climate change
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Addressing the fourth meeting of the Coalition of Finance Ministers for Climate Action, UN Secretary-General Antonio Guterres urged ministers to see the COVID-19 crises as a dress rehearsal for the even greater climate emergency faced by all nations.

Guterres said the leadership that finance ministers show right now is crucial to charting a recovery that will accelerate the decarbonisation of the global economy to build a more inclusive and resilient future. “Your recovery plans will determine the course of the next 30 years,” said Guterres.

He highlighted five measures finance ministers could apply. “First, you must serve as models and advocates for a green recovery. Government need to align COVID-19 recovery and stimulus plans with the goals of the Paris Agreement on climate change.”

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Guterres was unequivocal in explaining how investing in “green and decent jobs” could be achieved: “Do not bail out polluting industries. End fossil-fuel subsidies and take climate risks into account in all financial and policy decisions.”

He said he was encouraged by the coalition of minister’s Santiago Action Plan to embed climate goals such as carbon pricing and subsidies for renewable energy, into macroeconomic policies and recovery measures.

“But, more is needed. Greenhouse gas emissions need to fall sharply and permanently. Coal should not be part of any recovery plans. And, governments should secure Paris-aligned comments from high emitting sectors such as shipping, aviation and heavy industry, prior to providing bailout support.”

World must take climate change into account in every decision

Secondly, he urged all coalition members to commit to achieving carbon neutrality before 2050 and submit more ambitious nationally determined contributions before the 26th UN climate change conference of the parties (COP26).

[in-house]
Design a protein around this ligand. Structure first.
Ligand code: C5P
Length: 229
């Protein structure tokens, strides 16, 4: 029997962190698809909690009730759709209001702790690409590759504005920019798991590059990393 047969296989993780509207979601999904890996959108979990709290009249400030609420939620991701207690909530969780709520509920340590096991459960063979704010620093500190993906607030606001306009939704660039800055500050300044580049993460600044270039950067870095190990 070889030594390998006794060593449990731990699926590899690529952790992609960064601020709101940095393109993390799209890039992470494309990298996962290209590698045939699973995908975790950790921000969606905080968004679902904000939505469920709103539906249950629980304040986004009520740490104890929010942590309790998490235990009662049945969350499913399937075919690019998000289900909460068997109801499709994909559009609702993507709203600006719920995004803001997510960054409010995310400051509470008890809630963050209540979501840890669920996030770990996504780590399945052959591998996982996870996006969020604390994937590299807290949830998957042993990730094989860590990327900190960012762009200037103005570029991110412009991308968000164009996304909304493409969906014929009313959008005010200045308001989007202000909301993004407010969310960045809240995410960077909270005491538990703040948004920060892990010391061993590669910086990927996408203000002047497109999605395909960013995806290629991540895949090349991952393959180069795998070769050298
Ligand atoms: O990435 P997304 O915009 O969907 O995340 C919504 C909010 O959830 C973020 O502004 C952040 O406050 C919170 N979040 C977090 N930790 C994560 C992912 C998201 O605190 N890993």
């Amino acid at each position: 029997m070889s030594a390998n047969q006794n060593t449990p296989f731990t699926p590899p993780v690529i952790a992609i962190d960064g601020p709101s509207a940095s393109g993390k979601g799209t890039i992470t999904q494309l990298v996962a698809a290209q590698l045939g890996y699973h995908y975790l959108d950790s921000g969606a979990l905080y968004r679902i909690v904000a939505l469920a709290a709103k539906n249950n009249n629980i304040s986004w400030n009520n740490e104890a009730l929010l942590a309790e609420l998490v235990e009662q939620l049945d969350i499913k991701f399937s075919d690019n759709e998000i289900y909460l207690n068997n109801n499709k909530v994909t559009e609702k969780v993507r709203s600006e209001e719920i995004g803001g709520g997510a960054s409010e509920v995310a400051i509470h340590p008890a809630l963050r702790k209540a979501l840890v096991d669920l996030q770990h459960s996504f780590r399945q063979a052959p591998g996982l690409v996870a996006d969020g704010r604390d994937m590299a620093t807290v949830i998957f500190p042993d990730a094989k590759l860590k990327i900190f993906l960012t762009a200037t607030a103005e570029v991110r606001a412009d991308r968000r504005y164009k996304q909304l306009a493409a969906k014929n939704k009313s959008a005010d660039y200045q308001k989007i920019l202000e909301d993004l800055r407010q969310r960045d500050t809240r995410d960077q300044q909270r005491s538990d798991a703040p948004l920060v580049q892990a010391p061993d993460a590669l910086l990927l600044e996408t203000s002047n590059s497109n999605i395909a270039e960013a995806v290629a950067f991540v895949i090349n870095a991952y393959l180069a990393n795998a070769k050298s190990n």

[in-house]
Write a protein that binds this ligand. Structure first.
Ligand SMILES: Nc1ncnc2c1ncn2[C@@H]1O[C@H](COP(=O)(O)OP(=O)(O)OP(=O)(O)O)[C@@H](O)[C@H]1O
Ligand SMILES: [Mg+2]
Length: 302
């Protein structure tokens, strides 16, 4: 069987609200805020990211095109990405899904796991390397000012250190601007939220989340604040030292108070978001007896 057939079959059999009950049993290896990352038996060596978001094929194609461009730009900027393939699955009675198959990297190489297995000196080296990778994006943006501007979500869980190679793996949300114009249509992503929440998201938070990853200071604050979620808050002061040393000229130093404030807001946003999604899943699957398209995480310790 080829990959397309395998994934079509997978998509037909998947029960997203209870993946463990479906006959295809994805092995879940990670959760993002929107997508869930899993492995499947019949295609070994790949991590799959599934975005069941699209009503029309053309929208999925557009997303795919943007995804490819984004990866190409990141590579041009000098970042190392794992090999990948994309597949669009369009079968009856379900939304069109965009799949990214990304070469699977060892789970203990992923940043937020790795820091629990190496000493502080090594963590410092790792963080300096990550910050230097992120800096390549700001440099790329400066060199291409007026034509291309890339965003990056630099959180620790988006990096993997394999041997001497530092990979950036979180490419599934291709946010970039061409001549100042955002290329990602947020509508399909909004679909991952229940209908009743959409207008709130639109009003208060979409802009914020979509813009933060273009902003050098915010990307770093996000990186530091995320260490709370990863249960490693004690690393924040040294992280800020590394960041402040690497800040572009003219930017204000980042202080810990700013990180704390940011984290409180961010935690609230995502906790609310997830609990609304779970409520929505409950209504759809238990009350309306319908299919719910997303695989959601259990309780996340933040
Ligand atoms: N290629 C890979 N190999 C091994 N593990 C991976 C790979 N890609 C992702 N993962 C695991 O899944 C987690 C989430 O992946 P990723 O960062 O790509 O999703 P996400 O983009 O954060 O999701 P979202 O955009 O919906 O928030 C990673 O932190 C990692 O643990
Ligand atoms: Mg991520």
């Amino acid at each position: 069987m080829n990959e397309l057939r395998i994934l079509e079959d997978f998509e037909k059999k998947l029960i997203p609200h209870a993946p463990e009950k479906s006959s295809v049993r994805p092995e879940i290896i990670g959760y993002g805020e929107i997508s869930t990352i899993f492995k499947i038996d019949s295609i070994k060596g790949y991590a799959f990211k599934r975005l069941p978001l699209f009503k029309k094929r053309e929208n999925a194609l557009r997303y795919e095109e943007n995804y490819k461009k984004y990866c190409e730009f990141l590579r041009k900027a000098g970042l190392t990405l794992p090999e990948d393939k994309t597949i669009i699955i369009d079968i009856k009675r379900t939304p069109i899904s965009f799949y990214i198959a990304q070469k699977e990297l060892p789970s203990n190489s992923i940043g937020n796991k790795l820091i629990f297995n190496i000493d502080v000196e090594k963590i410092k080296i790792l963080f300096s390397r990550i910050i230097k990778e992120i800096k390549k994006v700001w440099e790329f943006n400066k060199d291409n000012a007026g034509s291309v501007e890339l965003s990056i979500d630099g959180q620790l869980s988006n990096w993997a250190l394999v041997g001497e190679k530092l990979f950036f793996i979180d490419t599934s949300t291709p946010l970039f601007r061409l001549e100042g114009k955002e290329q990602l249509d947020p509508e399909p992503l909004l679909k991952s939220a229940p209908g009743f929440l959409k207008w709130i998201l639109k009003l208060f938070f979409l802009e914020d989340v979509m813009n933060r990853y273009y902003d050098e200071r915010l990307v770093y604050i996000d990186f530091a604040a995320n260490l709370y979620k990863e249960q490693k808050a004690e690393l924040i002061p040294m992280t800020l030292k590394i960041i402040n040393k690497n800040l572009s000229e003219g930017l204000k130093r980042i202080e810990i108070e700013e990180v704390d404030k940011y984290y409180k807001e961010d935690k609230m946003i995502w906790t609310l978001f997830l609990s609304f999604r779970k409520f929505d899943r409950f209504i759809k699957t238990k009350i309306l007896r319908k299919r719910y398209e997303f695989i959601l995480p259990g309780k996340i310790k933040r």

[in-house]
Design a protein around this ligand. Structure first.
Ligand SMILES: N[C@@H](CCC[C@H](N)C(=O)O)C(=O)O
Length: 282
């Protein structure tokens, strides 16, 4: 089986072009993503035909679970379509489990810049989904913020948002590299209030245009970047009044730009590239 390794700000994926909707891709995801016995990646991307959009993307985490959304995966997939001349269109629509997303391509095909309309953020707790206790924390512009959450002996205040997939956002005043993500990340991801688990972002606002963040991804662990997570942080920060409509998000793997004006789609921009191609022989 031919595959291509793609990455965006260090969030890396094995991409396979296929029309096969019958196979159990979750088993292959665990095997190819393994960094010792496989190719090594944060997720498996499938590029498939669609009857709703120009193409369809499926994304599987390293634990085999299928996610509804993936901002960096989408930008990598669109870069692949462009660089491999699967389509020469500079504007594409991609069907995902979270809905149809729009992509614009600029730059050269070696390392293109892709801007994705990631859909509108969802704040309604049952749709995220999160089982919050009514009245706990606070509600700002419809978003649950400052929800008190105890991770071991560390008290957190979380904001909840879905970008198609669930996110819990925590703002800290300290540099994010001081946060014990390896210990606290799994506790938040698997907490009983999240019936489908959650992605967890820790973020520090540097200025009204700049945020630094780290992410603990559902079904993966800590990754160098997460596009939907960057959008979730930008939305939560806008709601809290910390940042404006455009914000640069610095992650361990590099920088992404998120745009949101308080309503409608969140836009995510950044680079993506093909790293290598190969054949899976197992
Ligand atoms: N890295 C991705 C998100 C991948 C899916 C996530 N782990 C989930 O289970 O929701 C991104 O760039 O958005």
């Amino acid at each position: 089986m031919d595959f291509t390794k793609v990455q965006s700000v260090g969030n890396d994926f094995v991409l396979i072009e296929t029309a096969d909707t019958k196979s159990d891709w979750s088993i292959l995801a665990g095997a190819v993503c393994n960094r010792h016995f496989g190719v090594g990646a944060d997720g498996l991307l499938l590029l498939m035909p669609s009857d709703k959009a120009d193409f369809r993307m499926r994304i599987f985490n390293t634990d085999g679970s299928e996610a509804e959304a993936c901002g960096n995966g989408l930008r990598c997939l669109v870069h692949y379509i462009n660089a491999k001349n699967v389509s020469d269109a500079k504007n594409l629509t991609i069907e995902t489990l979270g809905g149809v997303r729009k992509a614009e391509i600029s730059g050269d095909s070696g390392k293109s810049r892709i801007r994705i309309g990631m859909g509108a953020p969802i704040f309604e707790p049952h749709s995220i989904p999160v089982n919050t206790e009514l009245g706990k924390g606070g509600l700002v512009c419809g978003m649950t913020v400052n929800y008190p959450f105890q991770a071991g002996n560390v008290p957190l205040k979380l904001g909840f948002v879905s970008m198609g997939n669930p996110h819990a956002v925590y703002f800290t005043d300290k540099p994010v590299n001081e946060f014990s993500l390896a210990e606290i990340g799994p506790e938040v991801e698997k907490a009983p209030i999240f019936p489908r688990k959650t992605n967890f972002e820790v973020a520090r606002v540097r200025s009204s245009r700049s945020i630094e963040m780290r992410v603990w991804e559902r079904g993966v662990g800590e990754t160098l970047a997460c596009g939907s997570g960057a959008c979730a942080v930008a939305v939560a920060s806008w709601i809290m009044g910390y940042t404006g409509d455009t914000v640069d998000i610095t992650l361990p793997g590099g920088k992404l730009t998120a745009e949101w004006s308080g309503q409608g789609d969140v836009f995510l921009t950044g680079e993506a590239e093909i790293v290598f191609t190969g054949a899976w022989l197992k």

“We need all of you, through your nationally determined contributions and net-zero plans, to send a clear and unambiguous signal to markets that the decarbonisation of the global economy is inevitable.

“Third, ministers of finance working with central banks and financial regulators must ensure that every financial decision takes climate risk and opportunities into account. This includes improving the quality and quantity of climate-related financial disclosures, ensuring that the financial sector can measure and manage climate-related financial risk and creating approaches and frameworks for measuring portfolio alignment with the transition to net zero.”

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The fourth measure he spoke about was that international cooperation and solidarity has to be part of any country’s economic recovery. “Debt and sustainability measures will be essential for all to recover together. I invite public and private creditors to explore deb sustainability measures beyond the expansion and extension of the Debt Service Suspension Initiative to benefit counties in dire need of liquidity and support, including through measures like debt for climate swaps,” explained Guterres.

Everyone has to work together to wind down dependency on coal

He pointed out that as financial authorities the ministries owned stakes in national, regional and multilateral development finance institutions and could thus help shape strategic direction. “I urge you to use your voice and voting power to ensure that by COP26 all national, regional and multilateral development banks agree to align their policies, portfolios and pipelines with the 1.5 degrees Celsius goal of the Paris Agreement.

“This will mean an end to new coal power plants and a phasing out of fossil fuel investments; more ambitious climate finance goals and targets; increase support for adaption and resilience for the most vulnerable; and rapidly scaled up investments in renewable energy,” said Guterres.

At the same meeting, World Bank group president David Malpass reiterated Guterres call to action, re-emphasising the need for countries to work together towards climate and environmental goals.

“A high priority for the world is to lower carbon emission from electricity generation, including the termination of new coal and oil-dependent power generation projects and the wind-down of existing high-carbon generators. Many of the world’s largest emitters, both developing and developed countries, are still not making sufficient progress in this area,” said Malpass.